William Dalrymple’s From the Holy Mountain (1997)
This book made a great impression on me when I read it shortly after it was published. Dalrymple, a Scot, had the wonderful idea of retracing the steps taken in the sixth century by John Moschos, the author of a book about the monks who then flourished in what we now call the Middle East. So he found himself on a journey from Constantinople to the upper Nile that lasted just under six months. In the days of John Moschos the territory formed part of the Byzantine Empire; now it is divided into a number of states in which, as Dalrymple makes all too clear, the position of Christians deteriorated markedly during the twentieth century.
The reasons for this vary, from country to country. In Turkey, Christians suffer because of a civil war between Turks and Kurds; in Lebanon, their attempts to achieve dominance have backfired; in Israel and the Palestinian territories they run into difficulties because they are Arabs, and in Egypt they are victims of Islamic fundamentalism. The multiplicity of factors operating is worth noting. It is impossible to see a common cause behind the decline; in this part of the world reality is always more complex than it initially seems. But a sense of doom pervades Dalrymple’s narrative.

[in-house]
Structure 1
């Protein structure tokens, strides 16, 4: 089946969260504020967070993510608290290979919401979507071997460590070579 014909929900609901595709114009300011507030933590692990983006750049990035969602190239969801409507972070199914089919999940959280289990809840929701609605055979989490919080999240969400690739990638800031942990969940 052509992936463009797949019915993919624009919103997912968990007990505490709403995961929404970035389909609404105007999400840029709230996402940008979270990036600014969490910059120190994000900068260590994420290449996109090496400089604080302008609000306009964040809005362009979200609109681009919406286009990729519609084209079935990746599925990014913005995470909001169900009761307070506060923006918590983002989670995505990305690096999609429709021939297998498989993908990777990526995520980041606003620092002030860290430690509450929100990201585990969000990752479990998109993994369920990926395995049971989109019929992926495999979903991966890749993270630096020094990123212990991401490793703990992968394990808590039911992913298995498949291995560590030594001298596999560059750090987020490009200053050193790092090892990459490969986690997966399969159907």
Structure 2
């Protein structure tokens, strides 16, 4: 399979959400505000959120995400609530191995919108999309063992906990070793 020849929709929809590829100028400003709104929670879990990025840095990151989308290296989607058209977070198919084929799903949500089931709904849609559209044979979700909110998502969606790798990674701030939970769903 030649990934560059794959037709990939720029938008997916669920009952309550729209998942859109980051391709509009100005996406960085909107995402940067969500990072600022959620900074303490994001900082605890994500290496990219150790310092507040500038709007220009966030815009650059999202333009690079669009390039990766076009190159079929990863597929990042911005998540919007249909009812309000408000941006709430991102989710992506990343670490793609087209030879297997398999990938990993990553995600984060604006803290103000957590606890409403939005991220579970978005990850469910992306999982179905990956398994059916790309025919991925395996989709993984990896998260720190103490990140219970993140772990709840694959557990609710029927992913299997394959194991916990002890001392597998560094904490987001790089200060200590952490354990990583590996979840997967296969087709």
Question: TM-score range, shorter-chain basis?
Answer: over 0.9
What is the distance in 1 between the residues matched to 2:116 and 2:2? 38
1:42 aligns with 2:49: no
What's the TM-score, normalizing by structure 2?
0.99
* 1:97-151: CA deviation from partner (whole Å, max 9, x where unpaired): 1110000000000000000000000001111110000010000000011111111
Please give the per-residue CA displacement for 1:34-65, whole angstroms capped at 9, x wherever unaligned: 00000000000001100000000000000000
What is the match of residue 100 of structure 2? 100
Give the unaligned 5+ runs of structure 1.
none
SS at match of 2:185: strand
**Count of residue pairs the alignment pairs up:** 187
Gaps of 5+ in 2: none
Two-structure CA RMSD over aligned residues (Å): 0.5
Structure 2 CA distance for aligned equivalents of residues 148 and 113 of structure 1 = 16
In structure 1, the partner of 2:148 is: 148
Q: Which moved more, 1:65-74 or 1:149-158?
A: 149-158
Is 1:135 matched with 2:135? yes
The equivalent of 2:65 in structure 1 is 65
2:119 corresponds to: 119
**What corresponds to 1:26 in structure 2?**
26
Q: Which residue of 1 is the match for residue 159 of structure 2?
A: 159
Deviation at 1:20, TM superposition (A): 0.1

In one area, however, he found optimism. He quotes the words of a Metropolitan: ‘Christians are better off in Syria than anywhere else in the Middle East. Other than Lebanon, this is the only country in the region where a Christian can really feel the equal of a Muslim – and Lebanon, of course, has many other problems. In Syria, there is no enmity between Christian and Muslim. If Syria were not here, we would be finished.’
These words were spoken in Aleppo. The agony of that city in these days makes the situation seem much worse than it did when Dalrymple undertook his travels. It is hard to see a way ahead.